Dutch Operas Book

401DutchOperas handbook

401DutchOperas book cover

I have been working on the 401DutchOperas anthology in five volumes since 2008. These are divided in:

Volume I ‘Baroque era’
Volume II ‘19th Century’
Volume III ‘Fin de siècle and interbellum’
Volume IV ‘Post war era’
Volume V ‘Flemish Opera’.

These books feature a plenitude of synopsises and characterizations of the operas concerned, along with biographical information on their composers. Surprisingly, more than 400 Dutch operas have been composed since the mid 17th Century, which explain the title of the book and website: 401DutchOperas. VOlume I is now finished and ready for print.


Renaissance of Dutch and Flemish operas

The ultimate goal of 401DutchOperas.nl is to spark a renaissance of Dutch and Flemish operas. My journey brought results that I could not have foreseen in 2008, such as the discovery that Dutch composers produced over 70 internationally performed operas since the 1770’s. Dutch operas have been successful from Berlin to Paris, from London to New York, from Budapest to Naples, from Weimar to Basel and from Prague to Vienna – among others. Any other country of the size of the Netherlands would have been proud of such an accomplishment in the international operatic arena. While they are currently forgotten to the point where not even the titles or the names of the composers are remembered, the book will document these names and titles. From the publication onwards, there will be a point of reference.


Admittedly,writing about forgotten operas is not very productive if interested readers can’t hear a note of all these titles. Therefore, in 2015, we started the 401Concerts series,w hcih brings highlights of as many operas from the five volumes of the book as possible. These are public performances, but the prime goal is to record them and ublish them through downloads or on CD. Thus, readers of the books will be able to also hear something of all those forgotten woks, and find out how many hidden beauty there is to discover among the magical world of 40DutchOperas. Till so far we published 4 CD’s in 3 albums:

401sales.com‘Dutch Court Opera from the French Theatre The Hague 1751-1793’ (2CD, hardcover, 62 page booklet)
Elise Caluwaerts (soprano), Barba Kozelj (mezzosoprano), Marcel Reijans (tenor), Hans de Vries (baritone), 401DutchOperas ensemble conducted by Albert Jan Roelofs

‘The Jan Brandts Buys Festival 2018 inccluding his complete opera ‘Micarême’ (Promo CD, gatefold)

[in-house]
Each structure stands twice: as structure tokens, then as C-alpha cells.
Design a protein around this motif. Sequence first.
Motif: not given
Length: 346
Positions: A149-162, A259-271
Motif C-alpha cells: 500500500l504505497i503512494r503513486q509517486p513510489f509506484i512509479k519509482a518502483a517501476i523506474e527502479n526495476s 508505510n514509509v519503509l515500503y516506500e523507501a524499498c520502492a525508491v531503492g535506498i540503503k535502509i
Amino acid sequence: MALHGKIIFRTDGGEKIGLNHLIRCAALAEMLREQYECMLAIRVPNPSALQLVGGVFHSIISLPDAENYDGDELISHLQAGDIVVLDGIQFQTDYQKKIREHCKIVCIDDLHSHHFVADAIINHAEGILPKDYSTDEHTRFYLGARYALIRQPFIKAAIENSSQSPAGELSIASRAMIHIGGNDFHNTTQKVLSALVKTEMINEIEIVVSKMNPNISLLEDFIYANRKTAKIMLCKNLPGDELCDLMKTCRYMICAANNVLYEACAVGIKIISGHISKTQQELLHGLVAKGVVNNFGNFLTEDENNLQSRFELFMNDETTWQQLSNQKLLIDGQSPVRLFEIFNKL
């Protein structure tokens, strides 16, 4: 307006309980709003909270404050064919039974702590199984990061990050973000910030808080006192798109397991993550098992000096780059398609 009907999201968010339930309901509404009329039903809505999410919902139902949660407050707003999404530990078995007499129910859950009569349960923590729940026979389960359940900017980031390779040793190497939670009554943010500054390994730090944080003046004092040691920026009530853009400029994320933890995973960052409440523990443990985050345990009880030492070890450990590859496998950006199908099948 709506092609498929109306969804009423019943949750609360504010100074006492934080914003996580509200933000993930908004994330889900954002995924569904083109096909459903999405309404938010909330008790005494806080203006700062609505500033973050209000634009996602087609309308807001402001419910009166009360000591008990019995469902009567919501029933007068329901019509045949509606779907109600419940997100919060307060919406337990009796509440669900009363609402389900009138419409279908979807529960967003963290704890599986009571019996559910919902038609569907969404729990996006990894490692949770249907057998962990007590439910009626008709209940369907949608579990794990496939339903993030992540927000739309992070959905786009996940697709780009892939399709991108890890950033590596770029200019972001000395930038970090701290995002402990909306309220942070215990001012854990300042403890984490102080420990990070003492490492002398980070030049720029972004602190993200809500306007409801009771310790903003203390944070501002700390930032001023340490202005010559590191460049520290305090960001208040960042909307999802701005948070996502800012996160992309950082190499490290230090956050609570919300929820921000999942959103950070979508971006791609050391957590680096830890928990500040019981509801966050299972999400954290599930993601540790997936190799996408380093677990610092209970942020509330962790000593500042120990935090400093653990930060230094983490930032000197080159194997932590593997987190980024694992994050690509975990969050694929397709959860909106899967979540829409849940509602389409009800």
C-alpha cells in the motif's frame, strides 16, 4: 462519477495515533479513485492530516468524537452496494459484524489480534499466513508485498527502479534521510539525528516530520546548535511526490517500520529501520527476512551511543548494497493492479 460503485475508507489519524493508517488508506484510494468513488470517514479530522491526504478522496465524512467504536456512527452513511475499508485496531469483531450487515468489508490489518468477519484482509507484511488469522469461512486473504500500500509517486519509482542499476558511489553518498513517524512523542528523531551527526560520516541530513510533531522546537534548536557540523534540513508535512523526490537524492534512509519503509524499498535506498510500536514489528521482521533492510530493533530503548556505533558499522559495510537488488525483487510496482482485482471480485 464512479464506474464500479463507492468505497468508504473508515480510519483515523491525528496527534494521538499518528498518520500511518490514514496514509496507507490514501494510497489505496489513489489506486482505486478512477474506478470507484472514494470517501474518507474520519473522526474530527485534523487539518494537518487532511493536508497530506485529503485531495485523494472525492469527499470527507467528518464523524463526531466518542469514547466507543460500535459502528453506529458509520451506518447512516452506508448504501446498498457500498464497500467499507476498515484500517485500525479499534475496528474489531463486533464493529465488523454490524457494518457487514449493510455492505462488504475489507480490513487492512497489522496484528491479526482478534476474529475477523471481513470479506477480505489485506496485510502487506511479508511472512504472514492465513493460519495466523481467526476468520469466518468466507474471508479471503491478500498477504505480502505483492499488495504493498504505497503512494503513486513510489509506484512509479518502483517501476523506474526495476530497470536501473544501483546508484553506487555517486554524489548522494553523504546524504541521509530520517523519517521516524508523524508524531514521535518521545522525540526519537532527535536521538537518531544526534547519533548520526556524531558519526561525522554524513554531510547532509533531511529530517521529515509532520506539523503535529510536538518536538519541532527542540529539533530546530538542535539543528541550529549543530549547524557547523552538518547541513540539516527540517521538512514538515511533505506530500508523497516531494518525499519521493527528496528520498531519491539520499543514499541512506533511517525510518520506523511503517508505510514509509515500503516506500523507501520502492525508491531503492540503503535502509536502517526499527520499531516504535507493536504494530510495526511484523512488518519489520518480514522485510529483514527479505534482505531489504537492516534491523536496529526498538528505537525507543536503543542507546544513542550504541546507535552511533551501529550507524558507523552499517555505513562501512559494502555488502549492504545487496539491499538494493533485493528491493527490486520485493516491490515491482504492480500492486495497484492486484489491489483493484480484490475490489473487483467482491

Jolien De Gendt, Barbara Schilstra, Julia Bronkhorst (soprano), Denzil Delaere, Hendrik Vonk (tenor), Hans de Vries (baritone), René Raker, Wolter Willemsen, Jan ten Bokum (piano), Ann Vancoillie (violin)

In order to promote our Jan Brandts Buys Festival Zutphen 2018 we released this promo cd with highlights from the composer’s oeuvre. These include a studio recording of his opera Micarême and highlights of the operas Kleermakers van Marken and Hero und Leander. In addiion there are songs and recordings of his music for piano by Jan ten Bokum.

‘Dutch heldentenor arias Vol I 1850-1940’ (1CD, hardcover, 62 page booklet)
Barbara Schilstra (soprano), Hendrik Vonk (Heldentenor), Wolter Willemsen (piano), Anna Hiemstra (violin).

This lavishly printed album includes arias and duets from Gerard and Emile von Brucken Fock (Jozal en Seleneia), Charles van der Does (Le roi de boheme), MC van de Rovaart (Verwunchene Prinz), Cornelis Dopper (De blinde van Casteel Cuille, William Ratcliff), Carel Oberstadt (De Scheveningers), Ernest Mulder (Dafne), Robert Vorstman (Seelenkampf). All of these recordings are recording premieres. A good number of them are world premieres as such, since these operas have ever been performed.

The 401Concerts series currently has over 25 performances, which produced recordings of around 200 Dutch operatic highlights 1685-1950. You an find all 401Concerts by clicking on this 40Concerts link.

biopage.reneseghers.nlThe Challenges

The challenge that I faced and continue to face for the next years is easily sketched: digitalizing the entire Dutch opera legacy. This alone encompassed years of scanning. With over 75% of the Dutch operatic heritage digitalized and Volume I ready for print, this part of the project is in relatively calm waters. Organizing and especially financing the concerts and the five volume publication remains a vast challenge for the future.

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